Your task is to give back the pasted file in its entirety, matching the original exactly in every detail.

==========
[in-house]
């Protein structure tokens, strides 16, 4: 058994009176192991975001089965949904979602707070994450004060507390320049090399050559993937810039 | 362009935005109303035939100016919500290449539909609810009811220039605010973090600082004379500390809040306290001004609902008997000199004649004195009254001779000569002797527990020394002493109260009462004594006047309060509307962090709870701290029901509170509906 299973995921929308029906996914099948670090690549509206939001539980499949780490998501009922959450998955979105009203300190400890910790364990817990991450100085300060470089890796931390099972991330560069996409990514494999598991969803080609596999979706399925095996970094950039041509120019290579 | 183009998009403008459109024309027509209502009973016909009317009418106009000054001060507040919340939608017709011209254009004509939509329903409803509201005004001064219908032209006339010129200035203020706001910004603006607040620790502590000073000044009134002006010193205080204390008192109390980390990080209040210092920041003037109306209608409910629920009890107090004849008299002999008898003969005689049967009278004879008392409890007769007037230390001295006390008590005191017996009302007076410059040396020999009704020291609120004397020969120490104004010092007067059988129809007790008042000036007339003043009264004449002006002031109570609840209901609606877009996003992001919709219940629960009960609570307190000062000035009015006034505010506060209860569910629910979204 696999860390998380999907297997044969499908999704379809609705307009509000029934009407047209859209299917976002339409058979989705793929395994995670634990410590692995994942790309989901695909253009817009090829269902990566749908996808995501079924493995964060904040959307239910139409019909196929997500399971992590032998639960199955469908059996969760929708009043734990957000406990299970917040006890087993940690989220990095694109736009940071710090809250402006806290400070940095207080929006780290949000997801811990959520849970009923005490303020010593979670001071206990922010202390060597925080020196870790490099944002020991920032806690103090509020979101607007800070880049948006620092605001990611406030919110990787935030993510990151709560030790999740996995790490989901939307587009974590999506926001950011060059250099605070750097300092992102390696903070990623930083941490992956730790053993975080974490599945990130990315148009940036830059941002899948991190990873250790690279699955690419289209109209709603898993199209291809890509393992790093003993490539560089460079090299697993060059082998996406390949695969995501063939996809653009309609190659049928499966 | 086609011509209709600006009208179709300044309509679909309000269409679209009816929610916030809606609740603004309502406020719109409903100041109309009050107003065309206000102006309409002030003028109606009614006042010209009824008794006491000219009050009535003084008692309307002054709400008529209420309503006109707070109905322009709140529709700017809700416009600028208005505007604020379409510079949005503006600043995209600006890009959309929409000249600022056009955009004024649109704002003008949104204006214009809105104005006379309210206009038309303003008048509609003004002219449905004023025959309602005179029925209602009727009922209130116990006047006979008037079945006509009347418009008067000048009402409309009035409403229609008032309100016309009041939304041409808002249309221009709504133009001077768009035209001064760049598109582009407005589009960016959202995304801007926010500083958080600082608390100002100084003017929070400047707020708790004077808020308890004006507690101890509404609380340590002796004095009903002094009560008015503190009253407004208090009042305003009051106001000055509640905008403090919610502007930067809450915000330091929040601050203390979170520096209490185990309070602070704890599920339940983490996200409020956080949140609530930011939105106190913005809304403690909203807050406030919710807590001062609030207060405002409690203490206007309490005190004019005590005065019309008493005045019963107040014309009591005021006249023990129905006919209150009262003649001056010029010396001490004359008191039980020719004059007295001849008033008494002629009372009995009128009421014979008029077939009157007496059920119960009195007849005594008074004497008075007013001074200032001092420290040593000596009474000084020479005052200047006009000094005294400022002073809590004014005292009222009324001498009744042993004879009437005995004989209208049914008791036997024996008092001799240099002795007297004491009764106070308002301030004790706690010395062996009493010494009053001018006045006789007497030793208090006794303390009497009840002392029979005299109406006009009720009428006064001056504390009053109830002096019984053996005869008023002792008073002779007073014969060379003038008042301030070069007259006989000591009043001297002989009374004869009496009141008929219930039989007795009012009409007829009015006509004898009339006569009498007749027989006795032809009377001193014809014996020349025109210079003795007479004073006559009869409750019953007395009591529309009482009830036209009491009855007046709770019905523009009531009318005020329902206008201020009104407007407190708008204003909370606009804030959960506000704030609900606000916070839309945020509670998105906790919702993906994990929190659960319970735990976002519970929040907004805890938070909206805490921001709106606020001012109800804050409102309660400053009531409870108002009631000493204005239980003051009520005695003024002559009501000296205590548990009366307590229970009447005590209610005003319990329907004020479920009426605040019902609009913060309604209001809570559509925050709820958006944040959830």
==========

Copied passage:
[in-house]
């Protein structure tokens, strides 16, 4: 058994009176192991975001089965949904979602707070994450004060507390320049090399050559993937810039 | 362009935005109303035939100016919500290449539909609810009811220039605010973090600082004379500390809040306290001004609902008997000199004649004195009254001779000569002797527990020394002493109260009462004594006047309060509307962090709870701290029901509170509906 299973995921929308029906996914099948670090690549509206939001539980499949780490998501009922959450998955979105009203300190400890910790364990817990991450100085300060470089890796931390099972991330560069996409990514494999598991969803080609596999979706399925095996970094950039041509120019290579 | 183009998009403008459109024309027509209502009973016909009317009418106009000054001060507040919340939608017709011209254009004509939509329903409803509201005004001064219908032209006339010129200035203020706001910004603006607040620790502590000073000044009134002006010193205080204390008192109390980390990080209040210092920041003037109306209608409910629920009890107090004849008299002999008898003969005689049967009278004879008392409890007769007037230390001295006390008590005191017996009302007076410059040396020999009704020291609120004397020969120490104004010092007067059988129809007790008042000036007339003043009264004449002006002031109570609840209901609606877009996003992001919709219940629960009960609570307190000062000035009015006034505010506060209860569910629910979204 696999860390998380999907297997044969499908999704379809609705307009509000029934009407047209859209299917976002339409058979989705793929395994995670634990410590692995994942790309989901695909253009817009090829269902990566749908996808995501079924493995964060904040959307239910139409019909196929997500399971992590032998639960199955469908059996969760929708009043734990957000406990299970917040006890087993940690989220990095694109736009940071710090809250402006806290400070940095207080929006780290949000997801811990959520849970009923005490303020010593979670001071206990922010202390060597925080020196870790490099944002020991920032806690103090509020979101607007800070880049948006620092605001990611406030919110990787935030993510990151709560030790999740996995790490989901939307587009974590999506926001950011060059250099605070750097300092992102390696903070990623930083941490992956730790053993975080974490599945990130990315148009940036830059941002899948991190990873250790690279699955690419289209109209709603898993199209291809890509393992790093003993490539560089460079090299697993060059082998996406390949695969995501063939996809653009309609190659049928499966 | 086609011509209709600006009208179709300044309509679909309000269409679209009816929610916030809606609740603004309502406020719109409903100041109309009050107003065309206000102006309409002030003028109606009614006042010209009824008794006491000219009050009535003084008692309307002054709400008529209420309503006109707070109905322009709140529709700017809700416009600028208005505007604020379409510079949005503006600043995209600006890009959309929409000249600022056009955009004024649109704002003008949104204006214009809105104005006379309210206009038309303003008048509609003004002219449905004023025959309602005179029925209602009727009922209130116990006047006979008037079945006509009347418009008067000048009402409309009035409403229609008032309100016309009041939304041409808002249309221009709504133009001077768009035209001064760049598109582009407005589009960016959202995304801007926010500083958080600082608390100002100084003017929070400047707020708790004077808020308890004006507690101890509404609380340590002796004095009903002094009560008015503190009253407004208090009042305003009051106001000055509640905008403090919610502007930067809450915000330091929040601050203390979170520096209490185990309070602070704890599920339940983490996200409020956080949140609530930011939105106190913005809304403690909203807050406030919710807590001062609030207060405002409690203490206007309490005190004019005590005065019309008493005045019963107040014309009591005021006249023990129905006919209150009262003649001056010029010396001490004359008191039980020719004059007295001849008033008494002629009372009995009128009421014979008029077939009157007496059920119960009195007849005594008074004497008075007013001074200032001092420290040593000596009474000084020479005052200047006009000094005294400022002073809590004014005292009222009324001498009744042993004879009437005995004989209208049914008791036997024996008092001799240099002795007297004491009764106070308002301030004790706690010395062996009493010494009053001018006045006789007497030793208090006794303390009497009840002392029979005299109406006009009720009428006064001056504390009053109830002096019984053996005869008023002792008073002779007073014969060379003038008042301030070069007259006989000591009043001297002989009374004869009496009141008929219930039989007795009012009409007829009015006509004898009339006569009498007749027989006795032809009377001193014809014996020349025109210079003795007479004073006559009869409750019953007395009591529309009482009830036209009491009855007046709770019905523009009531009318005020329902206008201020009104407007407190708008204003909370606009804030959960506000704030609900606000916070839309945020509670998105906790919702993906994990929190659960319970735990976002519970929040907004805890938070909206805490921001709106606020001012109800804050409102309660400053009531409870108002009631000493204005239980003051009520005695003024002559009501000296205590548990009366307590229970009447005590209610005003319990329907004020479920009426605040019902609009913060309604209001809570559509925050709820958006944040959830």